Preventing Disruptive Behavior in the Urban Classroom:Effects of the Good Behavior Game on Student and Teacher Behavior
Teachers are often ill-prepared to manage classrooms in urban schools. In the present study, an empirically-based behavioral management strategy, the Good Behavior Game (Game), was investigated. The effects of the Game on student behavior and teacher response statements, including praise, were examined. A teacher with 22 students in a first grade classroom of an urban elementary school participated in implementation of the Game. Using a withdrawal design, results showed that student on-task behavior increased while disruptive behavior decreased, replicating previous findings. The number of teacher praise statements remained at near zero levels across conditions. Frequency of teacher neutral and negative statements varied with the level of student disruptive behavior. Teacher praise and limitations are discussed.
group contingency, Good Behavior Game, urban schools, disruptive behavior, teacher praise
In this age of NCLB, schools are struggling to close the achievement gap that exists between groups of students in American schools. No where has this issue become more apparent than in urban schools which serve the highest percentage of poor, minority, non-English speaking and special needs students. For these schools, closing the gap has been achieved with a great deal of effort and sacrifice on behalf of teachers, administrators and even students and their families, including increased time in after school tutoring sessions, increased time devoted to testing, and greater emphasis on content covered. This leaves the question, why are these outcomes so difficult to achieve in urban schools?
Many researchers point to the fact that urban schools are in a state of deterioration (Lippman, Burns, & McArthur, 1996; Noguera, 2003). Although urban schools are typically defined by high concentrations of poverty, a particularly robust risk factor for several undesirable conditions, a comparison of urban and non-urban schools [End Page 85] serving student populations with similar poverty levels reveals that urban schools are further distinguished by, among other concerns, (a) higher rates of student mobility, (b) difficulty hiring teachers, and (c) a greater percentage of students evidencing classroom discipline problems (Lippman et al., 1996). It is clear that teachers electing to teach in urban schools must come prepared with equally refined skill arsenals of pedagogy and behavior management.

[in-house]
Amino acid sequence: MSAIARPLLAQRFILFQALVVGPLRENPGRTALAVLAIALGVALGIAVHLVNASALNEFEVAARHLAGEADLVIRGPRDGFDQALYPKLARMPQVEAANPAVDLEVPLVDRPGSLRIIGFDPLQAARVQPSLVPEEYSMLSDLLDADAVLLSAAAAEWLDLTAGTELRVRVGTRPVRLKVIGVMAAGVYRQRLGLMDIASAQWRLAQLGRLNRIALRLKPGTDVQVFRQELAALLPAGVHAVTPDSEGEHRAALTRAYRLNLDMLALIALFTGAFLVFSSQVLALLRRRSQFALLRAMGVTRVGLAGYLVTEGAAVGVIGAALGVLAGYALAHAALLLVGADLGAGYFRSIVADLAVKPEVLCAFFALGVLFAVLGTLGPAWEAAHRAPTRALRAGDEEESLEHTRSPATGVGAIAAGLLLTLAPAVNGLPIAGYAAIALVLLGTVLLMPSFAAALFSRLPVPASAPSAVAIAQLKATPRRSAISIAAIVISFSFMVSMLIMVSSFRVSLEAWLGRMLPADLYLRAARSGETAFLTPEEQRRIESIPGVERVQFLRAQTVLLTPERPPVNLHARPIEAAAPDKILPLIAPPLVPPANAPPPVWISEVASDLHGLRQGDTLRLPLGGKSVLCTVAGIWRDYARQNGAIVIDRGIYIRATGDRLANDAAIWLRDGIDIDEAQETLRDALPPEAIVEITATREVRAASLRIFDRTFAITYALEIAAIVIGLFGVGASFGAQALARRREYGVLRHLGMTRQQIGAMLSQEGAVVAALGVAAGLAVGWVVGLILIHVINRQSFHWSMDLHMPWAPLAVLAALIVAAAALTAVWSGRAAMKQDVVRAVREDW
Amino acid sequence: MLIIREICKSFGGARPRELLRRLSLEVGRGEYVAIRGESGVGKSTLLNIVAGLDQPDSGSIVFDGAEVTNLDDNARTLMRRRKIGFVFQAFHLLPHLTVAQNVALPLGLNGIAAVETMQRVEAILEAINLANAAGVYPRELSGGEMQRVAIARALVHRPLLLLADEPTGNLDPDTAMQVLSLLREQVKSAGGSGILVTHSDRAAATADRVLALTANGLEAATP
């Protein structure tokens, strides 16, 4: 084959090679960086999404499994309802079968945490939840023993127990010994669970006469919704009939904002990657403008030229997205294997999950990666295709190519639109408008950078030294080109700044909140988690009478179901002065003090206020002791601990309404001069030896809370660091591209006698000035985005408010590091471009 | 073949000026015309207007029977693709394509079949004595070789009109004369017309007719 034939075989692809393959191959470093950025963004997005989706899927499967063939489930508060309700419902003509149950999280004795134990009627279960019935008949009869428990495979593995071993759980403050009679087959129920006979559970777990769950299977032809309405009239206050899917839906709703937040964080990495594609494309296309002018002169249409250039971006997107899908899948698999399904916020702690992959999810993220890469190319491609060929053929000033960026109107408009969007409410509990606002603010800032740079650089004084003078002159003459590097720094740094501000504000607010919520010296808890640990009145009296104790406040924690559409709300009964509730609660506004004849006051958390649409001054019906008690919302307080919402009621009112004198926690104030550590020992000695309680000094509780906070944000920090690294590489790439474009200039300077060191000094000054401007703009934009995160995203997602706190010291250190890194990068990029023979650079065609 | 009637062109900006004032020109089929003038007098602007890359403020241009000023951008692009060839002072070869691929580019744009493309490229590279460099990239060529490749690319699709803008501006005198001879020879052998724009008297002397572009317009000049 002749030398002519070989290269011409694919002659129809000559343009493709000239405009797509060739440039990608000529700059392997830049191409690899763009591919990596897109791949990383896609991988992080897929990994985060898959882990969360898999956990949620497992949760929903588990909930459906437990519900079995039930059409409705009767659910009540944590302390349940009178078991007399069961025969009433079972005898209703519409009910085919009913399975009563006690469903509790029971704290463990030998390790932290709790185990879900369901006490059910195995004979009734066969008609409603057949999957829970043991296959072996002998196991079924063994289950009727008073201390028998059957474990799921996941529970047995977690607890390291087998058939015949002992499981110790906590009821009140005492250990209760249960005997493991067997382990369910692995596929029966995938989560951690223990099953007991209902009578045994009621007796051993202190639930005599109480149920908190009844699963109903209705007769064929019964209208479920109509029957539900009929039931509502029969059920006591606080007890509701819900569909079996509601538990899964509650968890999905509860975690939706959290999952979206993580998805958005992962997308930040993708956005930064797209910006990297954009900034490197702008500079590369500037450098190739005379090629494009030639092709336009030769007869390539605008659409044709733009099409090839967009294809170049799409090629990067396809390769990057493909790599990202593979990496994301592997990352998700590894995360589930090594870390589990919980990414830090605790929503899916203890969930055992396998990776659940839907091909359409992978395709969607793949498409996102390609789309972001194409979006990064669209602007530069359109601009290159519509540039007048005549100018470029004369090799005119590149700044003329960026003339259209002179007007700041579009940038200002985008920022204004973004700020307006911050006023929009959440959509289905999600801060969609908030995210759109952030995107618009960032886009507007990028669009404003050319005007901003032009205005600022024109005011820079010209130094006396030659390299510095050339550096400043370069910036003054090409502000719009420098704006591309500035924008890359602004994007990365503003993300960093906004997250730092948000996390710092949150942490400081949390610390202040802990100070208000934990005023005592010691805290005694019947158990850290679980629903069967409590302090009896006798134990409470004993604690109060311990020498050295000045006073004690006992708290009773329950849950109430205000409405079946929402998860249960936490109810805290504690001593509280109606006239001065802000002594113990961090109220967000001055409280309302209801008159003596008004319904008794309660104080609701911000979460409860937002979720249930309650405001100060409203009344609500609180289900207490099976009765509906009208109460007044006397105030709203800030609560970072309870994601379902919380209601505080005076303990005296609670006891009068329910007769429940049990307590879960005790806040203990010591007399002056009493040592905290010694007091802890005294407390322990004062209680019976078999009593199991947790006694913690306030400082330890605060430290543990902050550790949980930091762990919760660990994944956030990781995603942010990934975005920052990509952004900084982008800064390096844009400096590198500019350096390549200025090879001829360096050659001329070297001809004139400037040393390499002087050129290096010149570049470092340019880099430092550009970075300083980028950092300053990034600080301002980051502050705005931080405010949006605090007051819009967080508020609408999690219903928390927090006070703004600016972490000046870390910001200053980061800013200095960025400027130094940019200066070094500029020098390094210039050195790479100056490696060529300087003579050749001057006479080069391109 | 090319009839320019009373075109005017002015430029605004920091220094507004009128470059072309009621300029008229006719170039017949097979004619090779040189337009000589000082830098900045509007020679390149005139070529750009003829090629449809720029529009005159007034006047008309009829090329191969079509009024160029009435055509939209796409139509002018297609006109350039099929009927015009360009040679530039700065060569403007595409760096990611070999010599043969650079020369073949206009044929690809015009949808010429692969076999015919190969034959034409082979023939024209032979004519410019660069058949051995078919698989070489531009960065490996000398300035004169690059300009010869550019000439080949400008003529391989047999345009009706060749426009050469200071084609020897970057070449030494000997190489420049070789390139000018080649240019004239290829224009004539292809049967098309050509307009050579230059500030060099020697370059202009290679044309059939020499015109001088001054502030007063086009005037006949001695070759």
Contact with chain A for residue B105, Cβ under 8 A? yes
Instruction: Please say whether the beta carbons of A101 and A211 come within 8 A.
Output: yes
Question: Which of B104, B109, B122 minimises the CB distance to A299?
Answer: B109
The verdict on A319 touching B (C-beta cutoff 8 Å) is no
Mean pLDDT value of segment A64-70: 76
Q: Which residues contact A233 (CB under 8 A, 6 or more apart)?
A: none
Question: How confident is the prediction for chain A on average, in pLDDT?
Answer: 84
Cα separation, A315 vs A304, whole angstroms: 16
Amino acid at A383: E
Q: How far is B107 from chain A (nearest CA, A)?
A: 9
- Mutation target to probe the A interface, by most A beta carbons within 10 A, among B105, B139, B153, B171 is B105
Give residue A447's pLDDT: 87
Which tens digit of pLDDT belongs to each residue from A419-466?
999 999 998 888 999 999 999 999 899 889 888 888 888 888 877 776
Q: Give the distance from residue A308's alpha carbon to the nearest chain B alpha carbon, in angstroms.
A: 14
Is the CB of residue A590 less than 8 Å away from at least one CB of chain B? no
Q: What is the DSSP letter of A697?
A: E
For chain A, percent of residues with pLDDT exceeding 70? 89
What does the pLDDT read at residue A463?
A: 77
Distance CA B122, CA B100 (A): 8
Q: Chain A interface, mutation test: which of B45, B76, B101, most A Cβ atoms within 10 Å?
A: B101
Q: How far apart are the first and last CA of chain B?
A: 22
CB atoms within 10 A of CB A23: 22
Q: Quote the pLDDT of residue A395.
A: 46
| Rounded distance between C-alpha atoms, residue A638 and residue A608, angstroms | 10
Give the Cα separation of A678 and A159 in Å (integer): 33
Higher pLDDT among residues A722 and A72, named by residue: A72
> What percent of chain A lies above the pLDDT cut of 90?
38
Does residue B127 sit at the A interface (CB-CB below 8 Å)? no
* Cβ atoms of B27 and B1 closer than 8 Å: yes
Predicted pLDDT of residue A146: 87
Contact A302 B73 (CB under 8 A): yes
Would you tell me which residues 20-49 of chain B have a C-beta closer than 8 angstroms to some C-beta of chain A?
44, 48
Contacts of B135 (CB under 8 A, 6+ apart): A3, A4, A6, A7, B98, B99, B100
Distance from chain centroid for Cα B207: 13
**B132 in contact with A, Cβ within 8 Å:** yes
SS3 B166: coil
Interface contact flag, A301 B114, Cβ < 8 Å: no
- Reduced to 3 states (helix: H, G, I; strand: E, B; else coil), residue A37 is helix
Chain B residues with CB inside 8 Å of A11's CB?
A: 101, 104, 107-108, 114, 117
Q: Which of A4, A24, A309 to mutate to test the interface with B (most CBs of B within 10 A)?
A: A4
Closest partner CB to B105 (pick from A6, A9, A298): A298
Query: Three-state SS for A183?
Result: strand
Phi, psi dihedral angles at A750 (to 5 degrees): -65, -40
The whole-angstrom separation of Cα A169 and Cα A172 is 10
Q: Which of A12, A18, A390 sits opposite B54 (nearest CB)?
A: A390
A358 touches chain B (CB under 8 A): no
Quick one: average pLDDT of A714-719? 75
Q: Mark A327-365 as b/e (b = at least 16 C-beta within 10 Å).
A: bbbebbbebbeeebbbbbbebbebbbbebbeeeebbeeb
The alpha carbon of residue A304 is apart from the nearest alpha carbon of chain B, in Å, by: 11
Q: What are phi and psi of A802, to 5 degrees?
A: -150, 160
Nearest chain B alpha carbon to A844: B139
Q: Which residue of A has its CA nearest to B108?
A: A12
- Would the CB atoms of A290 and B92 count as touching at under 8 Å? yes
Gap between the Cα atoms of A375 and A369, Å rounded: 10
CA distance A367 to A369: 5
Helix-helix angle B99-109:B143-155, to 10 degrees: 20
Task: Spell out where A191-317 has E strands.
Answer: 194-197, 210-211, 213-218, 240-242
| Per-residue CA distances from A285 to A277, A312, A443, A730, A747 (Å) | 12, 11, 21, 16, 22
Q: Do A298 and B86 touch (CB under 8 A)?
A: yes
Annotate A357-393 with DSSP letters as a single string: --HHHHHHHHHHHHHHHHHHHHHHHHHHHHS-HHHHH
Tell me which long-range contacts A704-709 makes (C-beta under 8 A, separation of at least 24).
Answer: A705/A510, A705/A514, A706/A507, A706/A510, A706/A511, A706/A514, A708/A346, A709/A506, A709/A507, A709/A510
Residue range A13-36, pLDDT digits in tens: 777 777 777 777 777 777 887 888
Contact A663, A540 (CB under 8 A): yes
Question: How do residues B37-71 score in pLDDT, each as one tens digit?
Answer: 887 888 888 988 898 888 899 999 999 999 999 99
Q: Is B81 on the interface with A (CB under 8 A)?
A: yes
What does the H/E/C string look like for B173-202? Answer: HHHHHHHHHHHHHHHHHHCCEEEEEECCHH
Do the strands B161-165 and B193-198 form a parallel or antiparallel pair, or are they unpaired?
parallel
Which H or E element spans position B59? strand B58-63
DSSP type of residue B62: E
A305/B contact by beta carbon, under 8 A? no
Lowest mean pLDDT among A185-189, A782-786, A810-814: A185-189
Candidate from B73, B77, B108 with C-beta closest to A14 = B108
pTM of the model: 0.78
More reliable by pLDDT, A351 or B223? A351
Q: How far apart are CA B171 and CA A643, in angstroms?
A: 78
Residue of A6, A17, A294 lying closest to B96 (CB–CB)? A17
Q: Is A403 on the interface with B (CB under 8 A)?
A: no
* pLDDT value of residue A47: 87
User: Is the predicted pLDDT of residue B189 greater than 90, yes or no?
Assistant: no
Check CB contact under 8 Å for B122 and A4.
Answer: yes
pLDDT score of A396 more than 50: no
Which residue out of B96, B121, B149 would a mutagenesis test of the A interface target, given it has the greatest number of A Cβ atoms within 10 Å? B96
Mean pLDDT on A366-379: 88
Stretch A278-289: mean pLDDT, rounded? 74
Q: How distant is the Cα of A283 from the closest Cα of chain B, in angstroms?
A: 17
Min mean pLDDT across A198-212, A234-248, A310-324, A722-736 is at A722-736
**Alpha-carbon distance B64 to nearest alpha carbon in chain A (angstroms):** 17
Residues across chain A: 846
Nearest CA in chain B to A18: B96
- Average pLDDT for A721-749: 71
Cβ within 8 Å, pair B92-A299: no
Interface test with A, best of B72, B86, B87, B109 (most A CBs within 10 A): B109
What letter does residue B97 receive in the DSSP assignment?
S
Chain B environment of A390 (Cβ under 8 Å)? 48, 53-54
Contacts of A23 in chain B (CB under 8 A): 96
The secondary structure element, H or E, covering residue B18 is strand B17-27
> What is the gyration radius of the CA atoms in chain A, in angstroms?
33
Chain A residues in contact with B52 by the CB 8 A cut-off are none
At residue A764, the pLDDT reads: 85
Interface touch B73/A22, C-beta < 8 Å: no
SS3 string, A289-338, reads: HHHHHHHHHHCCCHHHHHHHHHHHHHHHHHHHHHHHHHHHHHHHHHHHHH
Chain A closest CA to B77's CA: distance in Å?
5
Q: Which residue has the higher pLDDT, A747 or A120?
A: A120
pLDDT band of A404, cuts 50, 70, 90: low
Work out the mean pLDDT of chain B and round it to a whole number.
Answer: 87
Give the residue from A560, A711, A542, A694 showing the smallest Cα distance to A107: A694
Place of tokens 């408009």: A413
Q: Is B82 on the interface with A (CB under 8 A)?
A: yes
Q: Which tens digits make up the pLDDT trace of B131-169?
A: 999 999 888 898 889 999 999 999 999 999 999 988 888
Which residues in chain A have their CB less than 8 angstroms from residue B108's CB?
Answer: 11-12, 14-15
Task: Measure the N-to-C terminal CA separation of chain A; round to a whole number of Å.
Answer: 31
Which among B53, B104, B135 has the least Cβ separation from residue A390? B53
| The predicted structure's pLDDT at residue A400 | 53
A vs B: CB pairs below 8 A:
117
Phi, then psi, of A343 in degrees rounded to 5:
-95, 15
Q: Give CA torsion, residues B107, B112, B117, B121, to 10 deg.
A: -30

Students in urban schools enter the classroom with diverse academic and behavioral needs. School readiness studies of children who grow up in urban areas show that exposure to several critical risk factors related to early health and caretaking, including birth to a single parent, birth to a teenage mother, low birth weight, child maltreatment, and exposure to lead all significantly and negatively impact school adjustment (Weiss & Fantuzzo, 2001). Urban school classrooms taught by poorly-prepared, or even novice, professionals with little or no city school experience place students at further risk for impairment, including chronic patterns of antisocial behavior and even conduct disorder (Kellam, Ling, Merisca, Brown, & Ialongo, 1998; Walker, Ramsey, & Gresham, 2003/04). These teachers over-rely on reactive and aversive strategies in the absence of planned preventive and educational approaches to address classroom discipline despite mounting evidence supporting the ineffectiveness of such an approach (Van Acker, Grant, & Henry, 1996). When the situation becomes so intolerable, the teacher leaves (i.e., walks out or formally resigns).